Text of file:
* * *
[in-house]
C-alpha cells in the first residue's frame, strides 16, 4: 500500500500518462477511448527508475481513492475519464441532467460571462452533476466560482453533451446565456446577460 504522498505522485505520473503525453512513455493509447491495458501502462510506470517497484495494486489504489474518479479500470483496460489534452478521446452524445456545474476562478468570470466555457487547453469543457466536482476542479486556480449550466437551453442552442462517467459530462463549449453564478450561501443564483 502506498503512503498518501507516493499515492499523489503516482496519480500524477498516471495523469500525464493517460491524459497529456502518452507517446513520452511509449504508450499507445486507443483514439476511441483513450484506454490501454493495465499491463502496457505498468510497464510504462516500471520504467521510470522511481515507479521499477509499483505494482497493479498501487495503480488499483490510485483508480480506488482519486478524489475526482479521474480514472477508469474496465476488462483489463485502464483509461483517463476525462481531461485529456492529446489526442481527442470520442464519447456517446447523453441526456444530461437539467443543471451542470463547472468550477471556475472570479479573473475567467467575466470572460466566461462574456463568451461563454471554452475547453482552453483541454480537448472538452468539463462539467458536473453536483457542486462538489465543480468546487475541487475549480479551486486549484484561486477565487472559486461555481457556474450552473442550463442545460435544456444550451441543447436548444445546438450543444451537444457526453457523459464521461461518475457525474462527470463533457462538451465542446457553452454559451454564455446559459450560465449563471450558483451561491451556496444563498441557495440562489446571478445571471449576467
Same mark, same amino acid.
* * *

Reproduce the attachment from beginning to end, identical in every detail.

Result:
[in-house]
C-alpha cells in the first residue's frame, strides 16, 4: 500500500500518462477511448527508475481513492475519464441532467460571462452533476466560482453533451446565456446577460 504522498505522485505520473503525453512513455493509447491495458501502462510506470517497484495494486489504489474518479479500470483496460489534452478521446452524445456545474476562478468570470466555457487547453469543457466536482476542479486556480449550466437551453442552442462517467459530462463549449453564478450561501443564483 502506498503512503498518501507516493499515492499523489503516482496519480500524477498516471495523469500525464493517460491524459497529456502518452507517446513520452511509449504508450499507445486507443483514439476511441483513450484506454490501454493495465499491463502496457505498468510497464510504462516500471520504467521510470522511481515507479521499477509499483505494482497493479498501487495503480488499483490510485483508480480506488482519486478524489475526482479521474480514472477508469474496465476488462483489463485502464483509461483517463476525462481531461485529456492529446489526442481527442470520442464519447456517446447523453441526456444530461437539467443543471451542470463547472468550477471556475472570479479573473475567467467575466470572460466566461462574456463568451461563454471554452475547453482552453483541454480537448472538452468539463462539467458536473453536483457542486462538489465543480468546487475541487475549480479551486486549484484561486477565487472559486461555481457556474450552473442550463442545460435544456444550451441543447436548444445546438450543444451537444457526453457523459464521461461518475457525474462527470463533457462538451465542446457553452454559451454564455446559459450560465449563471450558483451561491451556496444563498441557495440562489446571478445571471449576467
Same mark, same amino acid.